Yes, It’s True: Tax Season Could Be Worse This Year

Delays Could Be Even Longer in 2022, Taxpayer Advocate Says

Young woman calculating taxes

Francesco Carta fotografo / Getty Images

If you thought tax delays were long last year, just wait: Things could be even worse in 2022, the National Taxpayer Advocate warned this week. 

And that’s pretty bad considering last year was “horrendous,” Erin Collins said in her annual report to Congress on Wednesday. The Taxpayer Advocate Service is an independent organization within the IRS that helps taxpayers resolve problems and recommends ways to prevent them. 

Key Takeaways

  • Just when you thought tax season couldn’t get worse, the Taxpayer Advocate says this year it might.
  • Even before the start of tax season on Jan. 24, the IRS has a backlog of 35.3 million returns from last year awaiting processing.
  • The backlog, plus another year of tax changes from the economic stimulus package passed last March, is likely to weigh on IRS processing.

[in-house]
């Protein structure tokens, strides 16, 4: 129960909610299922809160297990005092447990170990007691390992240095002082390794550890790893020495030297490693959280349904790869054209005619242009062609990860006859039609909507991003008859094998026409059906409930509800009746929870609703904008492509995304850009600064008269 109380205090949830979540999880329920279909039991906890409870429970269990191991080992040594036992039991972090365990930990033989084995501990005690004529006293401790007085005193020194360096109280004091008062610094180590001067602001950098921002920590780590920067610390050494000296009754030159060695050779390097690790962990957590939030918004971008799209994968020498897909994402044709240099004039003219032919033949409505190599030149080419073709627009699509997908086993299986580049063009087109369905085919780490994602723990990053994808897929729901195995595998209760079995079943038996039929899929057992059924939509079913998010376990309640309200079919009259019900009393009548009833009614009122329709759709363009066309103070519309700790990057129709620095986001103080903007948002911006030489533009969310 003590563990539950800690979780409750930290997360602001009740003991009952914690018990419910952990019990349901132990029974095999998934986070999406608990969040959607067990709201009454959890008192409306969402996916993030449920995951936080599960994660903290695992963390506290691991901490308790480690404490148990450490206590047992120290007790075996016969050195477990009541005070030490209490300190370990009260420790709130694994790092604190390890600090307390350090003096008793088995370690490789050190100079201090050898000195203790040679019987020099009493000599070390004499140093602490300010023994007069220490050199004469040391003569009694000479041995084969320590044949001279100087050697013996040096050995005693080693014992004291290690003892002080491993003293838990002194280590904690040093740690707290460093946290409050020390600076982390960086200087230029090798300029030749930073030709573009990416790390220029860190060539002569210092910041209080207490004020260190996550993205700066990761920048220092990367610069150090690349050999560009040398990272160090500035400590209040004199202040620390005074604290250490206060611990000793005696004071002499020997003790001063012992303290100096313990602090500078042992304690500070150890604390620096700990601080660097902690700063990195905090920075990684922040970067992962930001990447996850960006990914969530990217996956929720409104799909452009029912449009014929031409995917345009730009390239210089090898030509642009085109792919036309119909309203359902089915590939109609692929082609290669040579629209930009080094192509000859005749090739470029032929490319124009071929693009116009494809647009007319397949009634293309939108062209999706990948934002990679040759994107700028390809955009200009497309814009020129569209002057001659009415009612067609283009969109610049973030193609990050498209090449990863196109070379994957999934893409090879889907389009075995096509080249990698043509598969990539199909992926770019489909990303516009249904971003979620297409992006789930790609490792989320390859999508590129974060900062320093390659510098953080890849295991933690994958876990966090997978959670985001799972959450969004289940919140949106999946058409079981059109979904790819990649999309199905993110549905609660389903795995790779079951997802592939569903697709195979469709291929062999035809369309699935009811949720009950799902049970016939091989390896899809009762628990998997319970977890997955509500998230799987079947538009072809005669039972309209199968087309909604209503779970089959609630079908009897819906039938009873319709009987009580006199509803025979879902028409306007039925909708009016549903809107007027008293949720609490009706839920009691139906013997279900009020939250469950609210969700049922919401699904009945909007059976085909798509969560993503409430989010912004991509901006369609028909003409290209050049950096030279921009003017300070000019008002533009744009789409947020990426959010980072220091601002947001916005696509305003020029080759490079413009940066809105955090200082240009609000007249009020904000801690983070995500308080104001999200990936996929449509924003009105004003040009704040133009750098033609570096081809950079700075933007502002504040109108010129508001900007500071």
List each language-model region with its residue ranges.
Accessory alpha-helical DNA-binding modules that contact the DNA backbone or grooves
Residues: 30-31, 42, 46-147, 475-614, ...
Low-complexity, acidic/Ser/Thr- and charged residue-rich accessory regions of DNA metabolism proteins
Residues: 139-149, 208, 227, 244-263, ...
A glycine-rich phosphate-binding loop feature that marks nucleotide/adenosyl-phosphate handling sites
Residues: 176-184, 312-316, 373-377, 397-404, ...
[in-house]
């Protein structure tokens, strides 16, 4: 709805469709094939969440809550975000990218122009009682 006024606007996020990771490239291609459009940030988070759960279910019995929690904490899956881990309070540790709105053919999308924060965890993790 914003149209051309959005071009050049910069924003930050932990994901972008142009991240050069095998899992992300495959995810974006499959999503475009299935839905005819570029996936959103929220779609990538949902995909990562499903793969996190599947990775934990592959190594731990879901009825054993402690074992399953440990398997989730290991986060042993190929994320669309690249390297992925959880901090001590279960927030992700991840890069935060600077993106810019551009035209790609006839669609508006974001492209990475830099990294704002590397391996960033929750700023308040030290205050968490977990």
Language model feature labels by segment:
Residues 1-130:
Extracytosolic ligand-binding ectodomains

The IRS begins accepting and processing returns on Jan. 24, and it’s starting the year already in the hole, with 35.3 million returns from the 2021 filing season still waiting their turn (worse than the approximately 11.7 million backlog in 2020). Much of the problem is due to paper returns, which have to be processed by hand.

“Paper is the IRS’s Kryptonite, and the agency is still buried in it,” Collins said.

To make matters more complicated, this was another year of tax changes, including accounting for government payments taxpayers received as part of the economic stimulus package passed last March. Those payments include economic impact payments (stimulus checks) and monthly payments for the advance child tax credit.

The IRS said it’s sending letters with details about the payments, but it's up to taxpayers to compare what they got with what they were entitled to, and to report any discrepancy on their tax returns. 

Last year, taxpayers experienced long processing and refund delays, and it was almost impossible to get the IRS on the phone (only one in nine calls was answered, with an average wait time of 23 minutes). Correspondence with the agency also went unprocessed for many months, collection notices were issued while taxpayers waited for their letters to be answered, and at times, there was limited or no information on the online tool, Where’s My Refund? 

Collins warned that the IRS could be overwhelmed again this year. The “unprecedented” delays of 2021 “could be as bad, and potentially worse, in 2022 if taxpayers do not file electronically or do not properly reconcile their monthly Advance Child Tax Credit payments or the third stimulus payment with their 2021 returns,” she said.

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